As part of AP&T's peer-review process, a technical check of this meta-analysis was performed by Dr P. Collins.
Meta-analysis: diagnostic medical radiation exposure in inflammatory bowel disease
Article first published online: 13 JAN 2012
© 2012 Blackwell Publishing Ltd
Alimentary Pharmacology & Therapeutics
Volume 35, Issue 5, pages 529–539, March 2012
How to Cite
Chatu, S., Subramanian, V. and Pollok, R. C. G. (2012), Meta-analysis: diagnostic medical radiation exposure in inflammatory bowel disease. Alimentary Pharmacology & Therapeutics, 35: 529–539. doi: 10.1111/j.1365-2036.2011.04975.x
- Issue published online: 3 FEB 2012
- Article first published online: 13 JAN 2012
- Manuscript Revised: 13 DEC 2011
- Manuscript Accepted: 13 DEC 2011
- Manuscript Revised: 28 NOV 2011
- Manuscript Received: 9 NOV 2011
Diagnostic imaging plays a pivotal role in the diagnosis and management of inflammatory bowel disease (IBD); however, increasing use has led to concerns about the malignant potential of ionising radiation. Several studies have demonstrated that diagnostic imaging can result in exposure to potentially harmful levels of ionising radiation in IBD patients.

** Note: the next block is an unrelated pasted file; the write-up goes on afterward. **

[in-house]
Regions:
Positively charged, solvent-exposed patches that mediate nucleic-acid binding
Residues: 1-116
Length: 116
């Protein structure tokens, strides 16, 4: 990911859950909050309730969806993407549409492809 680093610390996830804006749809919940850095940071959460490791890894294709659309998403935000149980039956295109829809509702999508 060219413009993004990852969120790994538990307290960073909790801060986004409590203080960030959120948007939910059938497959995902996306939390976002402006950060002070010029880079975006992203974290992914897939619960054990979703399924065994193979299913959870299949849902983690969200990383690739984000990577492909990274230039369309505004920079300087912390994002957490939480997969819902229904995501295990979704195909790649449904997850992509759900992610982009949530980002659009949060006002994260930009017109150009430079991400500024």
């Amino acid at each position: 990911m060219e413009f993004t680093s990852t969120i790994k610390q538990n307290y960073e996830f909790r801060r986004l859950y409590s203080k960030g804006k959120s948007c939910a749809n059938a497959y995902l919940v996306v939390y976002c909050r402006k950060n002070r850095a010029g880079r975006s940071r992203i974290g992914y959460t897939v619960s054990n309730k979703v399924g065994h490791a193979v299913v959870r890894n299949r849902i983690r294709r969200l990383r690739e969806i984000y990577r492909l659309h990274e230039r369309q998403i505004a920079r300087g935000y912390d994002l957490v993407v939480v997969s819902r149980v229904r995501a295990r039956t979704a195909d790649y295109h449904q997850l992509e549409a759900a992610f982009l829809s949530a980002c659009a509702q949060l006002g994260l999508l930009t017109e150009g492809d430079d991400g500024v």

To determine the pooled prevalence of increased exposure and pooled odds ratio of risk factors associated with exposure to potentially harmful levels of diagnostic medical radiation.
We searched Medline, EMBASE, CINHAL and reference lists of identified articles, without language restrictions in October 2011.
Six studies with 1704 participants provided data on the proportion of patients receiving potentially harmful levels of radiation defined as ≥50 milli-sieverts (mSv)-equivalent to 5 CT abdomen scans. The pooled prevalence was 8.8% (95% CI 4.4–16.8) for IBD patients and 11.1% (95% CI 5.7–20.5%) and 2% (95% CI 0.8–4.9%) for Crohn's disease and ulcerative colitis patients respectively. Five studies involving 2627 participants provided data for risk factors. IBD-related surgery and corticosteroid use were significant with pooled adjusted odds ratio of 5.4 (95% CI 2.6–11.2) and 2.4 (95% CI 1.7–3.4) respectively.
About 1 in 10 patients may be exposed to potentially harmful levels of diagnostic medical radiation. Corticosteroid use and IBD related surgery increased this risk. Strategies to reduce radiation exposure while assessing disease activity need to be considered.